Well if you are building the asym yourself, there is no labor cost, so the question then becomes what kind of shape is the current spin cloth in and is it the right weight? Also, what could you expect to sell it for if you build the asym with new cloth?

If you have the pattern for your new asym, yes you could certainly build it with the cloth from your current spinnaker but you would probably have to take the current chute completely apart, which means more labor.

And about your pole being too heavy, have you tried attaching the inboard end to the mast and then raising it with your pole lift (using a winch if necessary) after getting the guy set up? Should make it a lot easier.

Actually, you might want to keep both your current chute and the new asym. The symmetrical chute will be better deep downwind.
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Old 01-09-2010, 10:45   #26
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Have you folded your sails really neatly?Looks like there might be a lot of air in the bags.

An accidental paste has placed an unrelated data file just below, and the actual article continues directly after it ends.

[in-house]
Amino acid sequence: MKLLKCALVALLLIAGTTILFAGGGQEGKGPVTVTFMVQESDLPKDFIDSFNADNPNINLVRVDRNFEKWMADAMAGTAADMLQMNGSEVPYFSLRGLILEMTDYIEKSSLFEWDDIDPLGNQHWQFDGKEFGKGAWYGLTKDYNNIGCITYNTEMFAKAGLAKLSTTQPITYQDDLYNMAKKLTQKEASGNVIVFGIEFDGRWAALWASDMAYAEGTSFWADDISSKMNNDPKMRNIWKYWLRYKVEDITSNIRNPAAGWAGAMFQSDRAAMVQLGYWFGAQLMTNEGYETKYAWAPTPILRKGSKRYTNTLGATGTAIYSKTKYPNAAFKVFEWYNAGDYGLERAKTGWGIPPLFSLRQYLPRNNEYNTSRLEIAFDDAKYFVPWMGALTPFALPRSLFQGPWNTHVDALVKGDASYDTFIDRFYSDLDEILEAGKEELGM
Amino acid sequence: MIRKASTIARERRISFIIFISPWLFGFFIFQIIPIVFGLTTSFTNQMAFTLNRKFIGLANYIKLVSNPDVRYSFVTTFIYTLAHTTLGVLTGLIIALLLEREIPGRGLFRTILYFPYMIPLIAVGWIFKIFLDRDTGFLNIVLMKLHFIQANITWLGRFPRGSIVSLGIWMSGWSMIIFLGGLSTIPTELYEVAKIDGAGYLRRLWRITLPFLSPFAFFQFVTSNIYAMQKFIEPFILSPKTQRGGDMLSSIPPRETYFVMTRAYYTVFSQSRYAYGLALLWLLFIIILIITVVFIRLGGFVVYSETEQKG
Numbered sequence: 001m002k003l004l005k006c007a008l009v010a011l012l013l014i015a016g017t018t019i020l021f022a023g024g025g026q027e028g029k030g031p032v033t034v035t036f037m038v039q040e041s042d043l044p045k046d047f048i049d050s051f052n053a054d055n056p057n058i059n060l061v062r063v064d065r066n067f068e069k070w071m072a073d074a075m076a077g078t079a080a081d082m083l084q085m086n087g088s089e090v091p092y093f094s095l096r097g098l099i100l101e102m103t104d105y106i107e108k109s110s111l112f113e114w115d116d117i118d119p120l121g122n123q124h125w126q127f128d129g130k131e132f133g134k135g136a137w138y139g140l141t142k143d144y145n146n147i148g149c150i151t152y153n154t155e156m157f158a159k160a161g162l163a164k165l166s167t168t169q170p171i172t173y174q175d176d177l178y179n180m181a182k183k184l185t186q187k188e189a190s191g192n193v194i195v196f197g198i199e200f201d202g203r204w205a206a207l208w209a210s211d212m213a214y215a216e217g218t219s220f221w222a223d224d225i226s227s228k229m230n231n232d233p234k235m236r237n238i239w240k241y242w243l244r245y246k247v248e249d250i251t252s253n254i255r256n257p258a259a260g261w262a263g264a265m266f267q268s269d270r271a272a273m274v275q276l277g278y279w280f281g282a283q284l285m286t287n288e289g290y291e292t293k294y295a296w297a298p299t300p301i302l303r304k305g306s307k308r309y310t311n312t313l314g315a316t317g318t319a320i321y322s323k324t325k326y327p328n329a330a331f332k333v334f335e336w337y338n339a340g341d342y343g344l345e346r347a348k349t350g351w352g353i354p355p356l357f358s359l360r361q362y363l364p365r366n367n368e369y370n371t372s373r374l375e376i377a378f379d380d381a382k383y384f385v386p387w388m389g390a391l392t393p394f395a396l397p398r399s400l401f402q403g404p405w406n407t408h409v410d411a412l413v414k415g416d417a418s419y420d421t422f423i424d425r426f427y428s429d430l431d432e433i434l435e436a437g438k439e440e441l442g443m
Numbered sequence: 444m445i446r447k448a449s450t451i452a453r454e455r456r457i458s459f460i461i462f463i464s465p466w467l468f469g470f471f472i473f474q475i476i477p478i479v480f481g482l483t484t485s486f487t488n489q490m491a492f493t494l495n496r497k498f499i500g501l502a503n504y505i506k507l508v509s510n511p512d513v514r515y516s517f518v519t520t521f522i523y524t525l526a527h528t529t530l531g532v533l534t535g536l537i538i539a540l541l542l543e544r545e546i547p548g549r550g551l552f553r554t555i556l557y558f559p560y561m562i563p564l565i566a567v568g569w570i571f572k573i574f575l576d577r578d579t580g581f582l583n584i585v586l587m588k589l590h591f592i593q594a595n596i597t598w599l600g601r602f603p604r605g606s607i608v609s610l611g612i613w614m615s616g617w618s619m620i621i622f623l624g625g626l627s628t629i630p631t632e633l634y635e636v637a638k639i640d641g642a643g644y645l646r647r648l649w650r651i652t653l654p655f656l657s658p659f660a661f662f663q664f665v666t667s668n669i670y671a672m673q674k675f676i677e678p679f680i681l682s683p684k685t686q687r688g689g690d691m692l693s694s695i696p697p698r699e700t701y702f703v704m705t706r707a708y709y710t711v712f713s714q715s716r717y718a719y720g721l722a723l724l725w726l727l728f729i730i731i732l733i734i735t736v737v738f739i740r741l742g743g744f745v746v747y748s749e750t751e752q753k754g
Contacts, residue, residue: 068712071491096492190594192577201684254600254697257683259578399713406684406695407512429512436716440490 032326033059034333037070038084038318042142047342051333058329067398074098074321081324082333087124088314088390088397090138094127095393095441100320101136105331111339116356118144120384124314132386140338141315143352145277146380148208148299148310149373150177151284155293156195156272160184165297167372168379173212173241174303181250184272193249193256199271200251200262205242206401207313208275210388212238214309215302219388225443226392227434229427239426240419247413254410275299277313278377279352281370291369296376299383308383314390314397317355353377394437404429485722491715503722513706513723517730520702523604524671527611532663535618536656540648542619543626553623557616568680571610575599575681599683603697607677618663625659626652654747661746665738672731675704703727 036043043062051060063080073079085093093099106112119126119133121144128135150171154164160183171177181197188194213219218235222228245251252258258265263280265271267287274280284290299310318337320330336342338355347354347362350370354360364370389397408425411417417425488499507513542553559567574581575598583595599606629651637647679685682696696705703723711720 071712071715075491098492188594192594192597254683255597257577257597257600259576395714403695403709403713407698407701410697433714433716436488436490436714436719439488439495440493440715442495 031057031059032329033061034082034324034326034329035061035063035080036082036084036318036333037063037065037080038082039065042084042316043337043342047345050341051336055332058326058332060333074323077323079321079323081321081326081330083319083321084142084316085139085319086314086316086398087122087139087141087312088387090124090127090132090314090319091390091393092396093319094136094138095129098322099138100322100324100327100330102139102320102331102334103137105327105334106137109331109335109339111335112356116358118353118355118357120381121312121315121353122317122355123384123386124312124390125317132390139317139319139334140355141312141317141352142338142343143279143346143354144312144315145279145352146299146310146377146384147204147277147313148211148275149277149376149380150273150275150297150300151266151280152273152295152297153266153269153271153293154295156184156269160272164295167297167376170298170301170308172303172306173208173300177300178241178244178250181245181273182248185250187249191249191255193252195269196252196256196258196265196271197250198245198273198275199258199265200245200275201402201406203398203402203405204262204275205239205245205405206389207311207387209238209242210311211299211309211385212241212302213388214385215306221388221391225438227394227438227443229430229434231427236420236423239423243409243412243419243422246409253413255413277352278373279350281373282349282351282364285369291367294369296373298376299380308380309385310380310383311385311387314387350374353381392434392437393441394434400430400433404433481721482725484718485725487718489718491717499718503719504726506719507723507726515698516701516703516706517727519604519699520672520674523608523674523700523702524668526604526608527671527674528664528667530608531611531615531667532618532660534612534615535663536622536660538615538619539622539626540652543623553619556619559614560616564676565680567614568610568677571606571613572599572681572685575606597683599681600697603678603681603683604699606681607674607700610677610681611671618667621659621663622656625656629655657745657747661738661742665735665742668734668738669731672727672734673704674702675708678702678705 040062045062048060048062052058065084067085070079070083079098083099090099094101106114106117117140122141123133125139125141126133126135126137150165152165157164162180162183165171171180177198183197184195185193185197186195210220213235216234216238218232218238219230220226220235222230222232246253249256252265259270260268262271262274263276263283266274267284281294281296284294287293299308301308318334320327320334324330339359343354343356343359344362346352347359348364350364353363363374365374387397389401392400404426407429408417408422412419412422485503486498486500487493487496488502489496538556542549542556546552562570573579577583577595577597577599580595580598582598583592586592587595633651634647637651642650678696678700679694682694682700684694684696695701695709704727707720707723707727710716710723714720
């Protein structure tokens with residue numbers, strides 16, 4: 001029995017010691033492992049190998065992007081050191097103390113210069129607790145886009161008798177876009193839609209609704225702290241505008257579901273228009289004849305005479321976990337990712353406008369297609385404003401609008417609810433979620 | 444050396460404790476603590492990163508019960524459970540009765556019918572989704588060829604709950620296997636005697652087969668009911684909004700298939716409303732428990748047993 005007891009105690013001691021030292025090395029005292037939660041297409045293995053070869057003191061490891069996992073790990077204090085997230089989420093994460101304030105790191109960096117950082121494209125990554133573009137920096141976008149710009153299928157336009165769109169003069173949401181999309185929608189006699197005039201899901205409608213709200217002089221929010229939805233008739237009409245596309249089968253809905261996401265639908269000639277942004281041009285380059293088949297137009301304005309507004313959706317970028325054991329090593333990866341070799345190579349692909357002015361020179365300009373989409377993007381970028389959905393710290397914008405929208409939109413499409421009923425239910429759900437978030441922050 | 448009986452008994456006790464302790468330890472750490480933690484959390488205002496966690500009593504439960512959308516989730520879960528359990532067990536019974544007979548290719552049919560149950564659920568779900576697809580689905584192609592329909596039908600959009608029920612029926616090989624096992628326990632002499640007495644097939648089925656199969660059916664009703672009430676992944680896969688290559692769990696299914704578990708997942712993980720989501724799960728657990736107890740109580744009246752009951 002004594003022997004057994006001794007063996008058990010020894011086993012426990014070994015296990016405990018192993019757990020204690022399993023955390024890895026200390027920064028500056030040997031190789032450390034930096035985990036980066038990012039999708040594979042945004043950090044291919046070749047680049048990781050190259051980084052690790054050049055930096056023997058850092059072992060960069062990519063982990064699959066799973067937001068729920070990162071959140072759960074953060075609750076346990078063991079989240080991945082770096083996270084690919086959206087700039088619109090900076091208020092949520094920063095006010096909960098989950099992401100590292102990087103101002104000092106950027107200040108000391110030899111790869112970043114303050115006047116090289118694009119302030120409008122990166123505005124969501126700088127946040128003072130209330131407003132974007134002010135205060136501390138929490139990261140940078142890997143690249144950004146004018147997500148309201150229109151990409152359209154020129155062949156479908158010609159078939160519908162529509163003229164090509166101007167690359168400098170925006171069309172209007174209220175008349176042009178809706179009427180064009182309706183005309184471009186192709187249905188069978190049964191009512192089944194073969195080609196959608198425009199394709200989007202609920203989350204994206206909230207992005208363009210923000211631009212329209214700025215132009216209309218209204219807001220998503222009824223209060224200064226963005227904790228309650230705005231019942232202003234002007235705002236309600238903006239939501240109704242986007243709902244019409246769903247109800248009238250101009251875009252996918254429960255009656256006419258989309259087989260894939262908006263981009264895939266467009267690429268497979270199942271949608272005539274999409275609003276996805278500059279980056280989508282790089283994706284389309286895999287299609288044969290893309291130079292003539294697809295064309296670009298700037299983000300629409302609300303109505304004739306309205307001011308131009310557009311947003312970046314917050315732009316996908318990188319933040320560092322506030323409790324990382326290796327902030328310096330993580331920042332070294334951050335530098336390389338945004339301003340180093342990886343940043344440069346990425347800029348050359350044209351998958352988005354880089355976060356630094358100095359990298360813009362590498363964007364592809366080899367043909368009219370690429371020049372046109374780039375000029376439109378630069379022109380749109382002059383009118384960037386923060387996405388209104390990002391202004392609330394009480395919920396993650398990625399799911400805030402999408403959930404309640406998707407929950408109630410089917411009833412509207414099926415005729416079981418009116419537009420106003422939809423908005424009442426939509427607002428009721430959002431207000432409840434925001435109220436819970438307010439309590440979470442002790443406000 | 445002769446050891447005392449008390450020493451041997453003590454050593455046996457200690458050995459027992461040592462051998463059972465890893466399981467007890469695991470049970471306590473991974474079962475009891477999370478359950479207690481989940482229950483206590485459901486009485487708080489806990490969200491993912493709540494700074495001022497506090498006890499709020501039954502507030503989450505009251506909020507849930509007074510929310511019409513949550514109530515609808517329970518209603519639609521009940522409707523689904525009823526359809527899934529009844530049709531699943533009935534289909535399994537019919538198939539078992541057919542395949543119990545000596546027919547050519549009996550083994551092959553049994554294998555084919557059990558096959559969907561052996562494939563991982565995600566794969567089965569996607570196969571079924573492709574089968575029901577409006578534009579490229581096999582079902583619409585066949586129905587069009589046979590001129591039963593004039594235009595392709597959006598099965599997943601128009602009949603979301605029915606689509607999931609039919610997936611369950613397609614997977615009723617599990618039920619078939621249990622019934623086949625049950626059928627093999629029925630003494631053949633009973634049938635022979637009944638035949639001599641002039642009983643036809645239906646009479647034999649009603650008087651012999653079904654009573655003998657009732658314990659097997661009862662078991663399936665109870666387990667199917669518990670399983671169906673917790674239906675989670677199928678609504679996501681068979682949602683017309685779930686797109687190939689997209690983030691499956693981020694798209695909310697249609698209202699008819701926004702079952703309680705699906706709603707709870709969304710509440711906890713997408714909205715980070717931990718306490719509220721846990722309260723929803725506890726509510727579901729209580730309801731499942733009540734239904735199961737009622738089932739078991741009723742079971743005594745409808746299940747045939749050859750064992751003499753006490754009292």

When I take the time to flake my sails that I won't be using for a while they take up much less room on the boat.

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Old 01-09-2010, 11:07   #27
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I expect to build our asym from a Sailrite kit, but didn't know if I could take a shortcut with the spinnaker.
If the spinaker is in good shape I would sell it and then build the asym. Time is relevant whether it is your time or someone else's.
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Old 01-09-2010, 11:23   #28
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a hinterhoeller 28

she will be a livaboard and travel partner for future asian (moluccan sea)voyage
Reminds me of my old Taipan 28. Seaworthy.
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Old 01-09-2010, 12:57   #29
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I have a question which might relevant here: can a spinnaker be recut to an asymmetrical, which would obviously be easier for a single hander (or me) to handle.
Well, you've got at least one NO. But I had mine done. So my vote is yes. Worked out nicely for me. Talk to a sail loft.
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Old 01-09-2010, 14:07   #30
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I'd be happy to take that Spinnaker off your hands...